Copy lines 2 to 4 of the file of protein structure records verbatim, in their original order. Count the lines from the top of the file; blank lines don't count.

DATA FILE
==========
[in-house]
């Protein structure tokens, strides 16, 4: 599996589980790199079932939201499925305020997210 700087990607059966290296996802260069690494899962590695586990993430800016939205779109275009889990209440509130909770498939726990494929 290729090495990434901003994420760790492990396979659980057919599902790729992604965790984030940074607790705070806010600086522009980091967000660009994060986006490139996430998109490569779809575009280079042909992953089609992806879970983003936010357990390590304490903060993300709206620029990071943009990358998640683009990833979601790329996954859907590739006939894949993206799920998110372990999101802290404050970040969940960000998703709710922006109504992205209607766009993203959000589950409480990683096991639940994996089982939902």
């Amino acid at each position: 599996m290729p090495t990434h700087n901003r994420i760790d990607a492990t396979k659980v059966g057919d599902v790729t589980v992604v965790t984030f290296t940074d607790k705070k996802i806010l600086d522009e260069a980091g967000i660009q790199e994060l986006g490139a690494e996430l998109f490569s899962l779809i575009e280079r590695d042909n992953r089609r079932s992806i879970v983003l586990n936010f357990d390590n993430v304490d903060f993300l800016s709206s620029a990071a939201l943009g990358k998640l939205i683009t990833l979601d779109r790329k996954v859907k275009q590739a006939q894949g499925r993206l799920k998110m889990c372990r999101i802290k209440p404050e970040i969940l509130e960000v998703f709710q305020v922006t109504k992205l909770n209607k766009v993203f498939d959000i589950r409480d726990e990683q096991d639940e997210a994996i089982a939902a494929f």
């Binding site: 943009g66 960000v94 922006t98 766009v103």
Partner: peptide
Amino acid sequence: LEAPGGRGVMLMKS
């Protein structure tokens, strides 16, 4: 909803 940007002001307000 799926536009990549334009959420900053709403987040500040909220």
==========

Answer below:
């Protein structure tokens, strides 16, 4: 599996589980790199079932939201499925305020997210 700087990607059966290296996802260069690494899962590695586990993430800016939205779109275009889990209440509130909770498939726990494929 290729090495990434901003994420760790492990396979659980057919599902790729992604965790984030940074607790705070806010600086522009980091967000660009994060986006490139996430998109490569779809575009280079042909992953089609992806879970983003936010357990390590304490903060993300709206620029990071943009990358998640683009990833979601790329996954859907590739006939894949993206799920998110372990999101802290404050970040969940960000998703709710922006109504992205209607766009993203959000589950409480990683096991639940994996089982939902």
């Amino acid at each position: 599996m290729p090495t990434h700087n901003r994420i760790d990607a492990t396979k659980v059966g057919d599902v790729t589980v992604v965790t984030f290296t940074d607790k705070k996802i806010l600086d522009e260069a980091g967000i660009q790199e994060l986006g490139a690494e996430l998109f490569s899962l779809i575009e280079r590695d042909n992953r089609r079932s992806i879970v983003l586990n936010f357990d390590n993430v304490d903060f993300l800016s709206s620029a990071a939201l943009g990358k998640l939205i683009t990833l979601d779109r790329k996954v859907k275009q590739a006939q894949g499925r993206l799920k998110m889990c372990r999101i802290k209440p404050e970040i969940l509130e960000v998703f709710q305020v922006t109504k992205l909770n209607k766009v993203f498939d959000i589950r409480d726990e990683q096991d639940e997210a994996i089982a939902a494929f």
């Binding site: 943009g66 960000v94 922006t98 766009v103």